Click here for SLF amicus brief filed in U.S. Supreme Court Nov. 18, 2015

Nov162015 - Hurst Feelings vs. Actual Harm on Today's College Campuses, Nov. 16, 2015

As published on, SLF brings to light actual civil rights violations on U.S. college campuses against Jews and Christians, contrasting with hurt feelings spurring high-profile protests at several universities - and pointing out that the law is there to protect, even in the face of trendy policy.

Click Here for Op-Ed by SLF Nov. 16, 2015


Affordable Housing - But Who Pays for It? SLF Files Amicus in U.S. Supreme Court - Oct. 16, 2015

WASHINGTON, DC/Oct. 16, 2015:  Southeastern Legal Foundation today filed an amicus brief in the U.S. Supreme Court challenging the unconstitutional mandate by the City of San Jose, California requiring builders to sell 15% of their housing developments below market value or face stiff fines and denial of permits - the same law requires homeowners who purchase the below-market housing to sell at below-market prices, too.  The City of Nashville, Tennessee and a host of other cities are following suit.  California Building Industry Association v. City of San Jose, et al., No. 15-330.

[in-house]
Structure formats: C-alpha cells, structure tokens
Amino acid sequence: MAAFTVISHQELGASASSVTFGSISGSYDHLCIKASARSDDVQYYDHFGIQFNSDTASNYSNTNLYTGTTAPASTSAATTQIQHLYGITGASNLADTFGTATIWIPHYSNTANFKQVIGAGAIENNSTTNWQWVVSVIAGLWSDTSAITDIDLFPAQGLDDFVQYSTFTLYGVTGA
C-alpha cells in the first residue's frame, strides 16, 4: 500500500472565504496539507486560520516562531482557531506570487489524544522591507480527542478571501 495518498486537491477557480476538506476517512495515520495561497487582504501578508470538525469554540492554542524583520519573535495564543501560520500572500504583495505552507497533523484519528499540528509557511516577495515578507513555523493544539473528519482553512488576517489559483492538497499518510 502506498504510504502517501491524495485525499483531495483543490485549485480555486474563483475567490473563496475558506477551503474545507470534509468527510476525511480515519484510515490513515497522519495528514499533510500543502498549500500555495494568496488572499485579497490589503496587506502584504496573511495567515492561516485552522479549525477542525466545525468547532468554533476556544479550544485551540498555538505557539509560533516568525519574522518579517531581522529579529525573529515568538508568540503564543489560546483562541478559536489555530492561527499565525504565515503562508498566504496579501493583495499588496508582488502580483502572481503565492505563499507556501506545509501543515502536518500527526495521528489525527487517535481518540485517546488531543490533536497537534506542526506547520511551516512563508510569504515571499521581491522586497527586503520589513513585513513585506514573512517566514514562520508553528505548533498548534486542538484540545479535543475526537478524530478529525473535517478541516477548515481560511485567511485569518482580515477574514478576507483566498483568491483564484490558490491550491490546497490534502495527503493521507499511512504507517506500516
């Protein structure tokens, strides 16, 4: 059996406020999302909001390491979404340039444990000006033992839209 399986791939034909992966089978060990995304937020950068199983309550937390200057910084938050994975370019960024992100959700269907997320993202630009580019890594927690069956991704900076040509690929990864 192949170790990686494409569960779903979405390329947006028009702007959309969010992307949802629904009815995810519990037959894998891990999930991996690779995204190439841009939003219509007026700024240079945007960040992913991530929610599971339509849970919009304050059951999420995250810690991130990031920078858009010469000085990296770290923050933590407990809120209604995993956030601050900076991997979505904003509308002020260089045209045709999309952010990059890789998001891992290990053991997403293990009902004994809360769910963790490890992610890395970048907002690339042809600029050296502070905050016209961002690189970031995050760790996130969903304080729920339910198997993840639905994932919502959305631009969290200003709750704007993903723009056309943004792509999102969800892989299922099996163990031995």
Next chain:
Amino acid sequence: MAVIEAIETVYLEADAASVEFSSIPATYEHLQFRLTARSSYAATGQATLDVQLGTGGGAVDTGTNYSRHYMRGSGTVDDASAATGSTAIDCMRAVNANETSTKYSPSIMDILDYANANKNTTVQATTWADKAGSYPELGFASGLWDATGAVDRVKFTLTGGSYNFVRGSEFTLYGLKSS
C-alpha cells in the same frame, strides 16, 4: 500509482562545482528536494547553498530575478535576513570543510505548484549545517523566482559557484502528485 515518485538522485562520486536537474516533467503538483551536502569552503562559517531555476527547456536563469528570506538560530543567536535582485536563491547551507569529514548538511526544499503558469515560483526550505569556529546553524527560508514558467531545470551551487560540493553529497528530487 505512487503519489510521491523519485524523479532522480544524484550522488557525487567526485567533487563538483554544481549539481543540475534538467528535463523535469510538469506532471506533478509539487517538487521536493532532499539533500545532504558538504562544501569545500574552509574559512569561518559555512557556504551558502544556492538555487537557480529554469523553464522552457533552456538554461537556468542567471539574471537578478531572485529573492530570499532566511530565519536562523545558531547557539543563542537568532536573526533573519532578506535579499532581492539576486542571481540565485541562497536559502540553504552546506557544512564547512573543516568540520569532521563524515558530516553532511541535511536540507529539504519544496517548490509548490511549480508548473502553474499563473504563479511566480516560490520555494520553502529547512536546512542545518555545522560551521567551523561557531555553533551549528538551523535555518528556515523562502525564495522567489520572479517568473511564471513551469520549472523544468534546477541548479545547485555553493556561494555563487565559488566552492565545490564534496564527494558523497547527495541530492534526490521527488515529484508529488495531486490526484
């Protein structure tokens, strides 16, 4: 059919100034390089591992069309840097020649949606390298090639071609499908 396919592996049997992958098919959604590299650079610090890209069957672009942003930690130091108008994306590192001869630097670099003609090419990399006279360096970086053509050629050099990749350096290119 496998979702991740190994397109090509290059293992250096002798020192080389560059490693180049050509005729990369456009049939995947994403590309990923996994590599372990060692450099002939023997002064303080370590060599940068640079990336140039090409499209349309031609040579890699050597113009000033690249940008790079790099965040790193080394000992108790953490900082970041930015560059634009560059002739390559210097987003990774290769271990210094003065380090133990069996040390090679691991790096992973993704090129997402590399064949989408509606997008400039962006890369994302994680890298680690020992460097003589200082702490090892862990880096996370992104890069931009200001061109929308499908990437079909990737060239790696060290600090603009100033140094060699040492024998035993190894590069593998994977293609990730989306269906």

The city's policy is an unconstitutional "takings," placing the entire burden of the cost on the property owners rather than the "just compensation" required under the Constitution.  "The bottom line is that, if society in the form of government decides that a social policy is a good thing, then the government should pay for it - not place the burden on the property owner," said Kim Hermann, SLF Deputy Counsel who co-authored the brief with John J. "Jack" Park, former assistant Attorney General in Alabama and of counsel with Atlanta law firm Strickland, Brockington & Lewis, and Linda Carver Whitlow Knight at the Nashville, TN-based Gullett Sanford Robinson & Martin law firm.

SLF is joined by SLF is joined by a former member of the Metropolitan Nashville Council, a number of highly experienced real estate professionals, including REALTORS®, developers, builders, and mortgage bankers, as well as an additional non-profit, public interest entity.  Two members of SLF's Board of Trustees are among the clients represented.